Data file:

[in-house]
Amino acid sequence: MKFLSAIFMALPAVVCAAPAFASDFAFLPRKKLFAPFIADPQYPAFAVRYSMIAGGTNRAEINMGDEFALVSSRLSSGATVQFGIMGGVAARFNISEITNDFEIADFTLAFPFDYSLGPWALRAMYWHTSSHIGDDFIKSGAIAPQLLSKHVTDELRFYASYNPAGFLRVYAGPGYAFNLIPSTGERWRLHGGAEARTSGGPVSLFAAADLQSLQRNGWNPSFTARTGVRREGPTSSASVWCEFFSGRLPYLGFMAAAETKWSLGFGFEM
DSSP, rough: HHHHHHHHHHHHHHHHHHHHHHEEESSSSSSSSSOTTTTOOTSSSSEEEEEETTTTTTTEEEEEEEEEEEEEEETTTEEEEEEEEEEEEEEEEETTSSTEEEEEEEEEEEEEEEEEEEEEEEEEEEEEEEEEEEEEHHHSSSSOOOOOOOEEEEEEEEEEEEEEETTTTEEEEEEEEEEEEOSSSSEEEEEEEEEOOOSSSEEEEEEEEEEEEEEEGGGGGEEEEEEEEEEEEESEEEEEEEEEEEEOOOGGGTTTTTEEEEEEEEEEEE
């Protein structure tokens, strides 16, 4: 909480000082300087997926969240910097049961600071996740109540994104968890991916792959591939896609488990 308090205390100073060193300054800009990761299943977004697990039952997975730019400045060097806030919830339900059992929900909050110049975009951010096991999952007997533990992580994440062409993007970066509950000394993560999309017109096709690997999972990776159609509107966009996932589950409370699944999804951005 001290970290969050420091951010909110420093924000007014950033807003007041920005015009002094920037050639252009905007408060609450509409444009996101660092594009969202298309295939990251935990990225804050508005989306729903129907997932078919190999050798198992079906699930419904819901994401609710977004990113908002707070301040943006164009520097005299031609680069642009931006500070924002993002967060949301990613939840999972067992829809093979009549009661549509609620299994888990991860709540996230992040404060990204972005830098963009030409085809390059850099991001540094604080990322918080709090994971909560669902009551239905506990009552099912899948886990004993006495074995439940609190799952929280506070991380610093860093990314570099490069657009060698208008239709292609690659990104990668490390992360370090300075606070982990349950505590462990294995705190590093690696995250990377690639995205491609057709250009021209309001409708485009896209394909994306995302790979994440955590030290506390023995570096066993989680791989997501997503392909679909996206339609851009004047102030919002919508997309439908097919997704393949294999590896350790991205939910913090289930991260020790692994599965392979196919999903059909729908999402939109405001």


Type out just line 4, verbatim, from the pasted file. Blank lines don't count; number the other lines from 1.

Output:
């Protein structure tokens, strides 16, 4: 909480000082300087997926969240910097049961600071996740109540994104968890991916792959591939896609488990 308090205390100073060193300054800009990761299943977004697990039952997975730019400045060097806030919830339900059992929900909050110049975009951010096991999952007997533990992580994440062409993007970066509950000394993560999309017109096709690997999972990776159609509107966009996932589950409370699944999804951005 001290970290969050420091951010909110420093924000007014950033807003007041920005015009002094920037050639252009905007408060609450509409444009996101660092594009969202298309295939990251935990990225804050508005989306729903129907997932078919190999050798198992079906699930419904819901994401609710977004990113908002707070301040943006164009520097005299031609680069642009931006500070924002993002967060949301990613939840999972067992829809093979009549009661549509609620299994888990991860709540996230992040404060990204972005830098963009030409085809390059850099991001540094604080990322918080709090994971909560669902009551239905506990009552099912899948886990004993006495074995439940609190799952929280506070991380610093860093990314570099490069657009060698208008239709292609690659990104990668490390992360370090300075606070982990349950505590462990294995705190590093690696995250990377690639995205491609057709250009021209309001409708485009896209394909994306995302790979994440955590030290506390023995570096066993989680791989997501997503392909679909996206339609851009004047102030919002919508997309439908097919997704393949294999590896350790991205939910913090289930991260020790692994599965392979196919999903059909729908999402939109405001």